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Passive vs. Active GPS Tracking: What’s the Difference, and Which One is Right for You?

When it comes to distinguishing passive GPS tracking from active GPS tracking, one isn’t inherently better than the other—it’s only a matter of which is a better fit for your business’s needs. The main difference between passive and active trackers boils down to one factor: time. Specifically, the amount of time that passes between location updates. So, let’s dive into these two types of GPS tracking, their benefits, and common uses for each.

What is Active GPS Tracking?

According to Big Data Analytics for Cloud, IoT and Cognitive Computing by Min Chen and Kai Hwang, active GPS tracking devices don’t merely record data; they also send it to the viewing mechanism—typically, a software application that displays the tracking unit’s location—at a high frequency. Generally speaking, a “high” frequency means data transmission occurs at least once per hour.

As Chen and Hwang explain, “Automatic incremental updating provides a continuous source of tracking throughout a recording period.” This means the person viewing the tracker’s location information can see the device’s position in close-to real time. Some devices update several times per minute, which means the user sees locations in even closer to real time.

For a GPS device to be capable of active tracking, it must have constant access to some type of network that allows for data transmission—like a cellular data network or a wireless internet connection. In some cases, devices store data when they are outside of network range and then transmit it once they are able to connect again.

Who Should Use Active GPS Tracking?

Active GPS tracking is the best option for individuals or businesses wishing to have a real-time view of their mobile assets or vehicles. For example, if you’re managing a fleet of delivery trucks and you’d like to provide customers with arrival estimates, active tracking allows you to view driver locations and let those customers know how far away their deliveries are. Or perhaps you own a construction business that frequently moves equipment between job sites. An active GPS tracking system can show you exactly where every item is at any given moment, so you can quickly retrieve the equipment you need.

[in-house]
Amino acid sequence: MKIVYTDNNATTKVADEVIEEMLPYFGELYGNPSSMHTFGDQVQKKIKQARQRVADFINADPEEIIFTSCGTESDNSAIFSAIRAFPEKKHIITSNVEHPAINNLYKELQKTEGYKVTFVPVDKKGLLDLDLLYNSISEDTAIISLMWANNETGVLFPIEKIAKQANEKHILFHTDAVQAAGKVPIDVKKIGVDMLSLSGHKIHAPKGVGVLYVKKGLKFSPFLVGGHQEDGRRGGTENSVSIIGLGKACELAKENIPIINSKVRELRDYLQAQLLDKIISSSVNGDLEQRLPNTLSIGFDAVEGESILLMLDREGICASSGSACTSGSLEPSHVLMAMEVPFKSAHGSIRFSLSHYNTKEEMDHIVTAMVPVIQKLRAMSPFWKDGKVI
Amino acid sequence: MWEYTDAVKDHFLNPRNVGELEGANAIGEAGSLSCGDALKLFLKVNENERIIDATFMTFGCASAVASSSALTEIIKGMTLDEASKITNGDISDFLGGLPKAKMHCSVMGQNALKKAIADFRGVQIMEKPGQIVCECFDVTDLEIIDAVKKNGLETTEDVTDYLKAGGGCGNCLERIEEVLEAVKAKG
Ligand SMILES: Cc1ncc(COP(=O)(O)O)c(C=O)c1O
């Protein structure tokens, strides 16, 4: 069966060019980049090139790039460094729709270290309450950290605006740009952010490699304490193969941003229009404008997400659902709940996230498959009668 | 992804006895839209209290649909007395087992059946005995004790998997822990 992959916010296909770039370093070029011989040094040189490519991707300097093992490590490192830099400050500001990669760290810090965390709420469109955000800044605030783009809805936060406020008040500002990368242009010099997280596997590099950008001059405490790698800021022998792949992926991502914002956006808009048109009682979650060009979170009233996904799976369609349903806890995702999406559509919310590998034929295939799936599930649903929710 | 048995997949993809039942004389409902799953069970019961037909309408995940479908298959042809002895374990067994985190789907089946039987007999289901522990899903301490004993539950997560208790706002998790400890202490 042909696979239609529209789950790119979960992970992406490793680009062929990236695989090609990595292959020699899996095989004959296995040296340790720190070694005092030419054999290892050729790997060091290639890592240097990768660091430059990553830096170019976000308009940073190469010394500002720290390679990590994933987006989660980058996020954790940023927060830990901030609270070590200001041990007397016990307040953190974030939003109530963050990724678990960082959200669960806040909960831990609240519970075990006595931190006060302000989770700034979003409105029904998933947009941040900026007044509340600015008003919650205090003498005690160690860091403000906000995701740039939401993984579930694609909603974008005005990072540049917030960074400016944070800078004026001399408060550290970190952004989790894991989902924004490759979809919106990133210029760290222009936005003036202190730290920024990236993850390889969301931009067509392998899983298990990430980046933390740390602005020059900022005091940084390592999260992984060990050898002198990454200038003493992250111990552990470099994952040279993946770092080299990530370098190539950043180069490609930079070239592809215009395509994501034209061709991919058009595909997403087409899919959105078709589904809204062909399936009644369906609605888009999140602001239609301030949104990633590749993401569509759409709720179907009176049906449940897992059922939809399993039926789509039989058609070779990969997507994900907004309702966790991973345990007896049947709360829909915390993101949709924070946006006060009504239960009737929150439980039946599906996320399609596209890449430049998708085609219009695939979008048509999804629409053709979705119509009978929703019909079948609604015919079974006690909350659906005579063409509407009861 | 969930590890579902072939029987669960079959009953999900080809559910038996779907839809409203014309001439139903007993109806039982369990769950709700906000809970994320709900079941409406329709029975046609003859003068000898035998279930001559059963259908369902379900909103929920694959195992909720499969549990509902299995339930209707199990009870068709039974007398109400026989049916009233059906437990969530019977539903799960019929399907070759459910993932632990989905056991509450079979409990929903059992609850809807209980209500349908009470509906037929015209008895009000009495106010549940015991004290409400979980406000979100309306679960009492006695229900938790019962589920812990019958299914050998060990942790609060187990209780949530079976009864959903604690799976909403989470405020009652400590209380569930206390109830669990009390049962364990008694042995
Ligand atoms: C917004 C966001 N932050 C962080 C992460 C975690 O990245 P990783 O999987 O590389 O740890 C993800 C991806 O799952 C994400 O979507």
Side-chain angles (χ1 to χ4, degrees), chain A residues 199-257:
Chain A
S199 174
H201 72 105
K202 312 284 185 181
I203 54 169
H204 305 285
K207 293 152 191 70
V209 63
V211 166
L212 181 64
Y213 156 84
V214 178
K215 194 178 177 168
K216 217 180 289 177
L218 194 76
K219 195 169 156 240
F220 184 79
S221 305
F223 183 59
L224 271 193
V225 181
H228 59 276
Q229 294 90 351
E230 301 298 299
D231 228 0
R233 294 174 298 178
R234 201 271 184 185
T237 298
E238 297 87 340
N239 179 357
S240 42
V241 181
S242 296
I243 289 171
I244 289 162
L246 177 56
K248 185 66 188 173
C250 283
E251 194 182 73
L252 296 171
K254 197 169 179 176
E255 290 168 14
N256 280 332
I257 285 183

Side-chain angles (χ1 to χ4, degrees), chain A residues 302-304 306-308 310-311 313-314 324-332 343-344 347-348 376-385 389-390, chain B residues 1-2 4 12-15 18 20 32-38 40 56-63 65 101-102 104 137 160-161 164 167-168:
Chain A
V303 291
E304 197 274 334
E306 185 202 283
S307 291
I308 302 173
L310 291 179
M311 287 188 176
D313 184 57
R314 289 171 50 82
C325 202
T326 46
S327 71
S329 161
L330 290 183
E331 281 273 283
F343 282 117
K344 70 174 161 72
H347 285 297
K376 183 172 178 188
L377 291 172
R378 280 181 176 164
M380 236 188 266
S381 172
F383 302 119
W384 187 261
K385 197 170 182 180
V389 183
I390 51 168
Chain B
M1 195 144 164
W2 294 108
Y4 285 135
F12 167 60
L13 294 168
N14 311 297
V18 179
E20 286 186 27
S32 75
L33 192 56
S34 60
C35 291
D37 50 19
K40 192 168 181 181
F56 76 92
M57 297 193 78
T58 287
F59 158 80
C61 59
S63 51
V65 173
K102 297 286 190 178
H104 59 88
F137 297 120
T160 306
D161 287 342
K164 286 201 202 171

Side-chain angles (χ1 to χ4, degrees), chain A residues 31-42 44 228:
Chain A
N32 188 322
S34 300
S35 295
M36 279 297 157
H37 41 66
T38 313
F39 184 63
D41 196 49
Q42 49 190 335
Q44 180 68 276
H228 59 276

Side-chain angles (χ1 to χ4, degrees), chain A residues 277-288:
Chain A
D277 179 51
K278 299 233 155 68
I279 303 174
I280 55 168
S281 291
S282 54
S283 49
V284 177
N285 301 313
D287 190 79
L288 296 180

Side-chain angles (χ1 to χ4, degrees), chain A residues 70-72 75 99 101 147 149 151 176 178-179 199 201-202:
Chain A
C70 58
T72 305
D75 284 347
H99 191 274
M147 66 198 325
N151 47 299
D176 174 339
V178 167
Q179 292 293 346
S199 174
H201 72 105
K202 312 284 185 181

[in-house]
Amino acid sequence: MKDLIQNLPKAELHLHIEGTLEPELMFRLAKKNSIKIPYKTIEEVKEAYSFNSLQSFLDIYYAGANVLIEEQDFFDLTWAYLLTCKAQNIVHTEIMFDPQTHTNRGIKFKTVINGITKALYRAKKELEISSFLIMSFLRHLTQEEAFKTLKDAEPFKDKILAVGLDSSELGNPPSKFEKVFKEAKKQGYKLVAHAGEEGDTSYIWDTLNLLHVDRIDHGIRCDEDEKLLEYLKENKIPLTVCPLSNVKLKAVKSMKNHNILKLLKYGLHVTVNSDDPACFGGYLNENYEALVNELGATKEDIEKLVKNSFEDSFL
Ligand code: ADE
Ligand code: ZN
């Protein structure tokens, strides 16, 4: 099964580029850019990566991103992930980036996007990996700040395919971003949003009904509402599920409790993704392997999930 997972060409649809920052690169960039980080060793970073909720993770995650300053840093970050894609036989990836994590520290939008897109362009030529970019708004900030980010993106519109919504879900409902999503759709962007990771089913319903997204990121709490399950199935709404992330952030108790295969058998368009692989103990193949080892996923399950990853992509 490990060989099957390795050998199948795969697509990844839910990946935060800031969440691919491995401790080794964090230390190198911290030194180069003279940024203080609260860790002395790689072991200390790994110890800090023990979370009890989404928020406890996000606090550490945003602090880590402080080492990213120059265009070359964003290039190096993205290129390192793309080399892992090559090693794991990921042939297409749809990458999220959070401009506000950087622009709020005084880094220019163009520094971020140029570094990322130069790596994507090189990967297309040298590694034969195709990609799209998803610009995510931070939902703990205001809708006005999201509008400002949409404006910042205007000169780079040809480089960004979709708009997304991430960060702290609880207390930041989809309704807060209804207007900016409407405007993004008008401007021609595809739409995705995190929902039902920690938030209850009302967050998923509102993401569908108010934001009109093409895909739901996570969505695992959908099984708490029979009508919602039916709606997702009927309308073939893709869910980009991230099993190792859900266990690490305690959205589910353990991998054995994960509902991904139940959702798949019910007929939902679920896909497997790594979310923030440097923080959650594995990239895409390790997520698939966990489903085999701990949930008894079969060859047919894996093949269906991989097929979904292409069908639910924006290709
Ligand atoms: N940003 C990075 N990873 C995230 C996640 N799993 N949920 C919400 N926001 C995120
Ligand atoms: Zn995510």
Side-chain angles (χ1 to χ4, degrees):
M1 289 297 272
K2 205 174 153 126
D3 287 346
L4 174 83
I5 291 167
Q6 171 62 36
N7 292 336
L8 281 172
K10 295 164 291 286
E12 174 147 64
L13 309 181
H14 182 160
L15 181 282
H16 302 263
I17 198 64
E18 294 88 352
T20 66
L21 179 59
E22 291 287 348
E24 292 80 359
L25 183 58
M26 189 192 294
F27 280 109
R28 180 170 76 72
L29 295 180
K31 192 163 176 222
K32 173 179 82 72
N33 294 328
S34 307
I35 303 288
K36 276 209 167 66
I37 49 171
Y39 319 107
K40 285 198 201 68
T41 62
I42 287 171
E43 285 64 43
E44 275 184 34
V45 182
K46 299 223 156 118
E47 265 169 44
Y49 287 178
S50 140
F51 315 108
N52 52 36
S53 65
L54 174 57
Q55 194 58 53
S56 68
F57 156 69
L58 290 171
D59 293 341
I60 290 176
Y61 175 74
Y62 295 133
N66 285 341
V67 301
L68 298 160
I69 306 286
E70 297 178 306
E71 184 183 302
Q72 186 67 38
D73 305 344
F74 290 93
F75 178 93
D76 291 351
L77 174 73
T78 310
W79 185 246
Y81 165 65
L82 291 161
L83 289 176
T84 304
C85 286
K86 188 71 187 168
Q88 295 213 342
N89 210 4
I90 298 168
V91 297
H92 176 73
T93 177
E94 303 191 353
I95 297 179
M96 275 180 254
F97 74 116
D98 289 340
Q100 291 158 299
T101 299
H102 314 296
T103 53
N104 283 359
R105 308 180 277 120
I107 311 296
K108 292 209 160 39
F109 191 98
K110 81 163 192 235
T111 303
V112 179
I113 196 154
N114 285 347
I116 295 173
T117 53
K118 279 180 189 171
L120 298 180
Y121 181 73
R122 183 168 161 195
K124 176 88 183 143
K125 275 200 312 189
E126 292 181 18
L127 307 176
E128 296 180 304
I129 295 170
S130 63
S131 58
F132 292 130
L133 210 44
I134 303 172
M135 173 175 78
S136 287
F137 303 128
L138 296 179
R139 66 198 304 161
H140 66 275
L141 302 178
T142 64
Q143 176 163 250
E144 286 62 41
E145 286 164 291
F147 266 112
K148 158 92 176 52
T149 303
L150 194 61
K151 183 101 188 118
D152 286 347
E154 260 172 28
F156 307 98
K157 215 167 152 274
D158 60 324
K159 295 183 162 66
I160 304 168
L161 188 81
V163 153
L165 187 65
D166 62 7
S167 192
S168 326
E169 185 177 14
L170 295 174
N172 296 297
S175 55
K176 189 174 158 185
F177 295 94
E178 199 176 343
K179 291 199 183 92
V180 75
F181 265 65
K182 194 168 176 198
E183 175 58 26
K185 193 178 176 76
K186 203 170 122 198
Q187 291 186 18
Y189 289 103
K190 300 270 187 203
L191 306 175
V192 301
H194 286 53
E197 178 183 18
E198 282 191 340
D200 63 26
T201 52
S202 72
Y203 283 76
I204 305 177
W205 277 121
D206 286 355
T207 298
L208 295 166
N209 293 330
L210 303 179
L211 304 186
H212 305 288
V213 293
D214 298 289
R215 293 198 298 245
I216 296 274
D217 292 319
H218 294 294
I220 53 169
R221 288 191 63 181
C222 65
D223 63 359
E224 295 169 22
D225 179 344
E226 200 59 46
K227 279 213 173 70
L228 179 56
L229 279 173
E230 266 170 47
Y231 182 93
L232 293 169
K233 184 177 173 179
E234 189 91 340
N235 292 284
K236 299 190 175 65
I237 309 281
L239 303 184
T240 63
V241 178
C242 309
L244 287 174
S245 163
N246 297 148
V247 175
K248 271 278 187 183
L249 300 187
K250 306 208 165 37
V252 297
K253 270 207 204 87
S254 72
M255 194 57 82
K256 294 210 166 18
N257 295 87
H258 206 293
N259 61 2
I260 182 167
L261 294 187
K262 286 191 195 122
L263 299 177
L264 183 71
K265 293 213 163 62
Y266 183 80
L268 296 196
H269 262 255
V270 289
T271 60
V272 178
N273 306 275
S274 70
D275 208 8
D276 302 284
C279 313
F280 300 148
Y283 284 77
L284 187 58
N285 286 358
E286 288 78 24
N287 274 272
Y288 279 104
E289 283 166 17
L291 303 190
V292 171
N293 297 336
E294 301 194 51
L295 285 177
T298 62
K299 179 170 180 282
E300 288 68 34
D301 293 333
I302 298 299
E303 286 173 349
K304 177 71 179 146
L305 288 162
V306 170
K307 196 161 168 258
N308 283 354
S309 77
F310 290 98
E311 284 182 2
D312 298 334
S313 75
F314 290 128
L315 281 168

One thing to keep in mind is that the more bells and whistles a GPS tracker offers—including fast and frequent updates—the more expensive it will likely be. Furthermore, most real-time tracking devices require some type of software subscription to view location information, customize tracker details and alerts, and access past location reports. And finally, active GPS tracking uses more battery power, so if the tracking device is not connected to a power source, you’ll need to charge the device on a regular basis.

What is Passive GPS Tracking?

With passive GPS tracking, the tracking device “is just a receiver, not a transmitter.” Passive GPS trackers are primarily used to log data that the user can download and view later. So, the person receiving the location data is not viewing it in real time. Instead, they are seeing a historical record of the device’s location and movement. This record may cover several hours or days. There are many benefits to this type of tracking, one of which is the relatively long battery life you can achieve with a device that does not regularly transmit data.